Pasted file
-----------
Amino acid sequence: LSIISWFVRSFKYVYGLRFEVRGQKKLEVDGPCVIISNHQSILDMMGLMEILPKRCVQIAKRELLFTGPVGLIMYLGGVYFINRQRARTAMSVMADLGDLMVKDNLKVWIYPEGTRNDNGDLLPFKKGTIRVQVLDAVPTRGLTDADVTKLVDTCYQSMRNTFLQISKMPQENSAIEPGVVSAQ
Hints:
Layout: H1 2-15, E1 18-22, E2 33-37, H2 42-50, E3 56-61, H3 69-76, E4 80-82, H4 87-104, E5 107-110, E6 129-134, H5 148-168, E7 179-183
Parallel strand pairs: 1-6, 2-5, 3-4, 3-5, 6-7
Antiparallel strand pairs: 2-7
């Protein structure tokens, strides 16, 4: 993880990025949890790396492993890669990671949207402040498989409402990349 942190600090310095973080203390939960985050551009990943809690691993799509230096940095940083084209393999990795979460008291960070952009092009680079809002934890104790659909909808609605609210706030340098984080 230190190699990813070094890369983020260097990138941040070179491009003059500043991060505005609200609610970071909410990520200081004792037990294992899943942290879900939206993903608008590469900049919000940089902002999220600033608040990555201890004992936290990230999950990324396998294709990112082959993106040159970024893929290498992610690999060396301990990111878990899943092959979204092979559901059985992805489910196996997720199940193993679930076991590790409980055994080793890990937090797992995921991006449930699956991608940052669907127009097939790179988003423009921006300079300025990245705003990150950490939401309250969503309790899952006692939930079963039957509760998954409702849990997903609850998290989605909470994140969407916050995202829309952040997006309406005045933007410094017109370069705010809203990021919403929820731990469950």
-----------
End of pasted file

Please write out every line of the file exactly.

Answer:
Amino acid sequence: LSIISWFVRSFKYVYGLRFEVRGQKKLEVDGPCVIISNHQSILDMMGLMEILPKRCVQIAKRELLFTGPVGLIMYLGGVYFINRQRARTAMSVMADLGDLMVKDNLKVWIYPEGTRNDNGDLLPFKKGTIRVQVLDAVPTRGLTDADVTKLVDTCYQSMRNTFLQISKMPQENSAIEPGVVSAQ
Hints:
Layout: H1 2-15, E1 18-22, E2 33-37, H2 42-50, E3 56-61, H3 69-76, E4 80-82, H4 87-104, E5 107-110, E6 129-134, H5 148-168, E7 179-183
Parallel strand pairs: 1-6, 2-5, 3-4, 3-5, 6-7
Antiparallel strand pairs: 2-7
């Protein structure tokens, strides 16, 4: 993880990025949890790396492993890669990671949207402040498989409402990349 942190600090310095973080203390939960985050551009990943809690691993799509230096940095940083084209393999990795979460008291960070952009092009680079809002934890104790659909909808609605609210706030340098984080 230190190699990813070094890369983020260097990138941040070179491009003059500043991060505005609200609610970071909410990520200081004792037990294992899943942290879900939206993903608008590469900049919000940089902002999220600033608040990555201890004992936290990230999950990324396998294709990112082959993106040159970024893929290498992610690999060396301990990111878990899943092959979204092979559901059985992805489910196996997720199940193993679930076991590790409980055994080793890990937090797992995921991006449930699956991608940052669907127009097939790179988003423009921006300079300025990245705003990150950490939401309250969503309790899952006692939930079963039957509760998954409702849990997903609850998290989605909470994140969407916050995202829309952040997006309406005045933007410094017109370069705010809203990021919403929820731990469950």